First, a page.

Fire experts say evidence testing could impact fatal fire rulings

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FLORA, Ind. - Two months after a fire killed four young sisters in Flora, investigators with the state fire marshal's office said the fire was ruled intentional.

Initially, investigators said the fire was undetermined and that it started behind the fridge. Now, investigators said they found accelerants in several parts of the home.

Bargersville Fire Chief Eric Funkhouser isn't involved in this case, but explained what work goes into fatal fire investigations.

"The first thing we're trying to do is get the truth of what happened," said Funkhouser.

As soon as an investigation begins, fire crews are looking for evidence to determine not only where the fire started, but if someone set it or if it's accidental.

"The hard thing about fire investigations is that the fire destroys the evidence a lot of times, so you’re trying to sift through what you can to find the information to lead you to a determination," Funkhouser said.

The state fire marshal's office said accelerants were found in the home. To experts, that's a red flag that the fire was not accidental. The reason for the change in the ruling could be because officials might have been waiting on test results from a lab. Those tests could include materials from the home like carpet, furniture, and curtains.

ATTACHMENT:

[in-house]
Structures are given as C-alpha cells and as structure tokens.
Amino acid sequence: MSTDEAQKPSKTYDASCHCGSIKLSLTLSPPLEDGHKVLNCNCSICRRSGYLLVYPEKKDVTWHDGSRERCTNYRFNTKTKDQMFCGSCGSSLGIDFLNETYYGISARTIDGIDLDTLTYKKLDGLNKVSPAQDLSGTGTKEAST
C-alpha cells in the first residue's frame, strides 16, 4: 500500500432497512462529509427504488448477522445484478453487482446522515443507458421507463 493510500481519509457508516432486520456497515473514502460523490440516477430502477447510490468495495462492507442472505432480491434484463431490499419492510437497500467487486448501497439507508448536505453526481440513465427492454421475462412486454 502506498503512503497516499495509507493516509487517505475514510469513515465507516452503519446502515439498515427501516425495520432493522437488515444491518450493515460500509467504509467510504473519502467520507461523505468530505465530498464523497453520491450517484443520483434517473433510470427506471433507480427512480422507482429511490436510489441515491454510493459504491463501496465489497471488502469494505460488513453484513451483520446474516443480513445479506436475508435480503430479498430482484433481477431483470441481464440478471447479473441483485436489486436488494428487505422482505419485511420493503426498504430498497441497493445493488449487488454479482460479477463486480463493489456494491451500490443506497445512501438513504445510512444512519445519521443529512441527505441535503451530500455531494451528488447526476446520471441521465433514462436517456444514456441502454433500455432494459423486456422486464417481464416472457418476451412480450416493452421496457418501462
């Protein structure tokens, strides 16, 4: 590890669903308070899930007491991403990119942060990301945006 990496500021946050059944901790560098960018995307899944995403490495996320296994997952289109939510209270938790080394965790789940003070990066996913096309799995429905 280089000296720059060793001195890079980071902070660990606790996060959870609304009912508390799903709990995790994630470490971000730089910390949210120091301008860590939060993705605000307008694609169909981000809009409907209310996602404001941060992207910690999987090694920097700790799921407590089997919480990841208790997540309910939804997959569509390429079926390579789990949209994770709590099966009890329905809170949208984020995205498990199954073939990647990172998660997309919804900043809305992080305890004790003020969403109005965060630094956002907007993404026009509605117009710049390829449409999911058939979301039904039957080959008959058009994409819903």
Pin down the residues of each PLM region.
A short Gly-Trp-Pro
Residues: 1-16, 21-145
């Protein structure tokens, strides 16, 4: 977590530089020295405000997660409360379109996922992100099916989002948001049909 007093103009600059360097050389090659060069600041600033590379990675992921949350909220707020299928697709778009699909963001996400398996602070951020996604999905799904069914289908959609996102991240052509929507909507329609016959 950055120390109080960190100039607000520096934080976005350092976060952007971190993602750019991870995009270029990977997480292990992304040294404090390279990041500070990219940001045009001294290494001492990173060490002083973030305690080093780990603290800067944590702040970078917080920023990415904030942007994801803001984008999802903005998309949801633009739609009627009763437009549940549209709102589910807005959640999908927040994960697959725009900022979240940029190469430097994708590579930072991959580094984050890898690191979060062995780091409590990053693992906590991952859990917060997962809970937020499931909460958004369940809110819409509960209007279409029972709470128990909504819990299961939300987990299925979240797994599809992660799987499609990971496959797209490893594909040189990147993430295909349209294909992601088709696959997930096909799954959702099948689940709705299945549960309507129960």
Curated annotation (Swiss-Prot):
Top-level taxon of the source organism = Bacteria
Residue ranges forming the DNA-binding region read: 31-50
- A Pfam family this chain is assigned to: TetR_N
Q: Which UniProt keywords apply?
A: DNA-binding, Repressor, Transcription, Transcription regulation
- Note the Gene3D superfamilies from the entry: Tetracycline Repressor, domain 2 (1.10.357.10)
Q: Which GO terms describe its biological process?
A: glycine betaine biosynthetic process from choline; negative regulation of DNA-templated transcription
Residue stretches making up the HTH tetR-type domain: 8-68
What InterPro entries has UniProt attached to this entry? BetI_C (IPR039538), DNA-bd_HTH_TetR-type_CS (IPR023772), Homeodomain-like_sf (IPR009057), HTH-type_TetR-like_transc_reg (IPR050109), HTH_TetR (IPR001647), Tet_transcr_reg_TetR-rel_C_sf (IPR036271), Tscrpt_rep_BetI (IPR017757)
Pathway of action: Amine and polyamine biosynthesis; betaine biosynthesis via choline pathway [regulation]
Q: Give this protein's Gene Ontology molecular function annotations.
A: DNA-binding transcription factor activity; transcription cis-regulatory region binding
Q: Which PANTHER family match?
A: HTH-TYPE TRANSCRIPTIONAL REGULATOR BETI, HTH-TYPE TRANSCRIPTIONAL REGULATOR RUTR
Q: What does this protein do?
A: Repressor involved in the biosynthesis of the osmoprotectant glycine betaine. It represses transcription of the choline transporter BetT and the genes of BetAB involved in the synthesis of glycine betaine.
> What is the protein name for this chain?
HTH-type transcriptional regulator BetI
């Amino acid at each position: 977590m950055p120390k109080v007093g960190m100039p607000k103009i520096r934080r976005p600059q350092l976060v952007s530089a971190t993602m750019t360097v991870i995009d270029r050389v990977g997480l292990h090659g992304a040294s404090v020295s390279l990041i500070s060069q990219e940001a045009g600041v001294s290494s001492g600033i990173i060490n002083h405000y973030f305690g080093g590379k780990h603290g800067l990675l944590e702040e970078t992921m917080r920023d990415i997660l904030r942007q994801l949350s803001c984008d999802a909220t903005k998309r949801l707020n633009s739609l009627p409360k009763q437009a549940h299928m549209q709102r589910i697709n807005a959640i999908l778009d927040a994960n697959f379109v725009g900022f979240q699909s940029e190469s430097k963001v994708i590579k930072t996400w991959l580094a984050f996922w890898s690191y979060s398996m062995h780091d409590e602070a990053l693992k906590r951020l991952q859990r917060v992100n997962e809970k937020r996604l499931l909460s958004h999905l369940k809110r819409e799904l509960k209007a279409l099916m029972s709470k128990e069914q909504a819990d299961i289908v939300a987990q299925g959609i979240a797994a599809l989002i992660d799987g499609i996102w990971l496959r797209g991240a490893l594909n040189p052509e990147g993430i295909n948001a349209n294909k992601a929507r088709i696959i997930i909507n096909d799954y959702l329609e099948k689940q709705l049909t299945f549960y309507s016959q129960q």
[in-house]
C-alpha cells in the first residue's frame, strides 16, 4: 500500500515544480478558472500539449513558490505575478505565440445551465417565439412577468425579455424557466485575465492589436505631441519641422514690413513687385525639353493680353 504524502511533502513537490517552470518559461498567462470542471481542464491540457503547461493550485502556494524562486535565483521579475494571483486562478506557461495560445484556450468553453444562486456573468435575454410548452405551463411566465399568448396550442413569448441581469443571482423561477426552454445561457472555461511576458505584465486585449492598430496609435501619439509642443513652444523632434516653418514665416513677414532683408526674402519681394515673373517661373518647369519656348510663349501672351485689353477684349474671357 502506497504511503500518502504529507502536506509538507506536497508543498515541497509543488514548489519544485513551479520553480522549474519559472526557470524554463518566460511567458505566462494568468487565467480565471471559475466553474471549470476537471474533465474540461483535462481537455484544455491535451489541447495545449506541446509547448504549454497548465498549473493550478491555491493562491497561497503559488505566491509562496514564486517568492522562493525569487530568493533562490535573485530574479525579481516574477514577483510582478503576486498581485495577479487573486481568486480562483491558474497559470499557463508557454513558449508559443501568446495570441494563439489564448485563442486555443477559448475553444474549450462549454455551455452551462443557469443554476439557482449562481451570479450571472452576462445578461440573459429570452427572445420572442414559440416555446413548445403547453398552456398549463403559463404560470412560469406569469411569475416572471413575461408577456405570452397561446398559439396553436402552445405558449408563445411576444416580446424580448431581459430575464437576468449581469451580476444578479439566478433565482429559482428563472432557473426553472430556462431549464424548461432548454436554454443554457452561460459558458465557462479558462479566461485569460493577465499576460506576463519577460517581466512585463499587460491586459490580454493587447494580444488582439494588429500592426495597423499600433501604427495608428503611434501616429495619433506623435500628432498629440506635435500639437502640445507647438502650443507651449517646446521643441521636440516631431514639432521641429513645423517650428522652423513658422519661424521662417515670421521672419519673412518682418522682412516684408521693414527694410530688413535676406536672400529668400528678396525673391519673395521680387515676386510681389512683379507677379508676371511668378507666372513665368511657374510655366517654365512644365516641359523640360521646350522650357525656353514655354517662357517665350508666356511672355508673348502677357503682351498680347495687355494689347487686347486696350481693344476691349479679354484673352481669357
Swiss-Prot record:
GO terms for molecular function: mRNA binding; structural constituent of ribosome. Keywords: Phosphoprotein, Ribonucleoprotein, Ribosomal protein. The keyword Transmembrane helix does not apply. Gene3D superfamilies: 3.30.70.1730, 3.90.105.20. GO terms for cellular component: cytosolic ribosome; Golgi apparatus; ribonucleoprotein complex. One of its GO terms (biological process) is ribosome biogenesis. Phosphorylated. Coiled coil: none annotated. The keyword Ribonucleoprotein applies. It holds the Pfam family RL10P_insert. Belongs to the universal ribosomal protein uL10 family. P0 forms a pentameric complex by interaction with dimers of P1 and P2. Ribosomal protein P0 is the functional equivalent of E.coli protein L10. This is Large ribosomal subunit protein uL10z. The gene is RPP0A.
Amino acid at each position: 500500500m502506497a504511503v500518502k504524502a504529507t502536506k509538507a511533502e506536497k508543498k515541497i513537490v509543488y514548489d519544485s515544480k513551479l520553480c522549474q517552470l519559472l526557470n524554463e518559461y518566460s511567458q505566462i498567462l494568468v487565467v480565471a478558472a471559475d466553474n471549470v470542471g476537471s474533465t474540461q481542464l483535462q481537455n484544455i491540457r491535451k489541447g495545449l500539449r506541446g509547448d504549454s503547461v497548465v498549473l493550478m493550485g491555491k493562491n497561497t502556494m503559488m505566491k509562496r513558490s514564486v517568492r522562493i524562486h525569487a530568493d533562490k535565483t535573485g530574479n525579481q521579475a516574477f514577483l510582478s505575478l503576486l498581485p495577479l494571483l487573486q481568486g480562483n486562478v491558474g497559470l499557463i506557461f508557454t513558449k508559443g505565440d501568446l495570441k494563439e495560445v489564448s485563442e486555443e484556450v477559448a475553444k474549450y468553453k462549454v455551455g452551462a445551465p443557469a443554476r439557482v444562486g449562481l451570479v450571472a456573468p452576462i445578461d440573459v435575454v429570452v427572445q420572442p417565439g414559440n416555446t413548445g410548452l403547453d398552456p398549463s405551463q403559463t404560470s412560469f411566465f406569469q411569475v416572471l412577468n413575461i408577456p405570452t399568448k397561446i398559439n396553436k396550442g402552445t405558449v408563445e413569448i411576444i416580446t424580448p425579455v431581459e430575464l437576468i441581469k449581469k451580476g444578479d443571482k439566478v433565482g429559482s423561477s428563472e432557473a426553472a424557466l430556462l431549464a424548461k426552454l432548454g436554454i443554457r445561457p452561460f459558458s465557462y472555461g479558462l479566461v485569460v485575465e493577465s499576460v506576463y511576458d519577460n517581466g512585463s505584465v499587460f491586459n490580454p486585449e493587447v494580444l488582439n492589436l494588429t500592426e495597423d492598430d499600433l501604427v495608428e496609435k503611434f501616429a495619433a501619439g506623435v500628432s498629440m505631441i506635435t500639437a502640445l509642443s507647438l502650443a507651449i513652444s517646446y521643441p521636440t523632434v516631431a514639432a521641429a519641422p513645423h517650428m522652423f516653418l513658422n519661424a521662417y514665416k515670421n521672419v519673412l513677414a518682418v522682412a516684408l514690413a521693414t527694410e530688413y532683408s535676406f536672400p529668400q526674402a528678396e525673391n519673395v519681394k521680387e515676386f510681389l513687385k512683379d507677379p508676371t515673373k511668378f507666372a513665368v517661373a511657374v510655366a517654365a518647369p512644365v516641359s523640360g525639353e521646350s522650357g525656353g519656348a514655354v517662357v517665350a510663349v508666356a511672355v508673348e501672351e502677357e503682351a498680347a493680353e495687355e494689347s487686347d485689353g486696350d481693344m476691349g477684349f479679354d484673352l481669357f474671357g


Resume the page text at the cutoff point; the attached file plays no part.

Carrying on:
"We’re looking for if they happened to use accelerants, could be different types of flammable liquids possibly. We can see on the floor where they poured that and we might have different burn patterns on the floor," said Funkhouser.

The fire marshal's office would not say where the fire started or how it started. They said it's still under investigation and that they're looking for suspects.

Anyone with information about the case should contact the Indiana State Arson Hotline at 1-800-382-4628. Callers may receive up to a $5,000 reward for information that leads to the arrest of the person(s) responsible.

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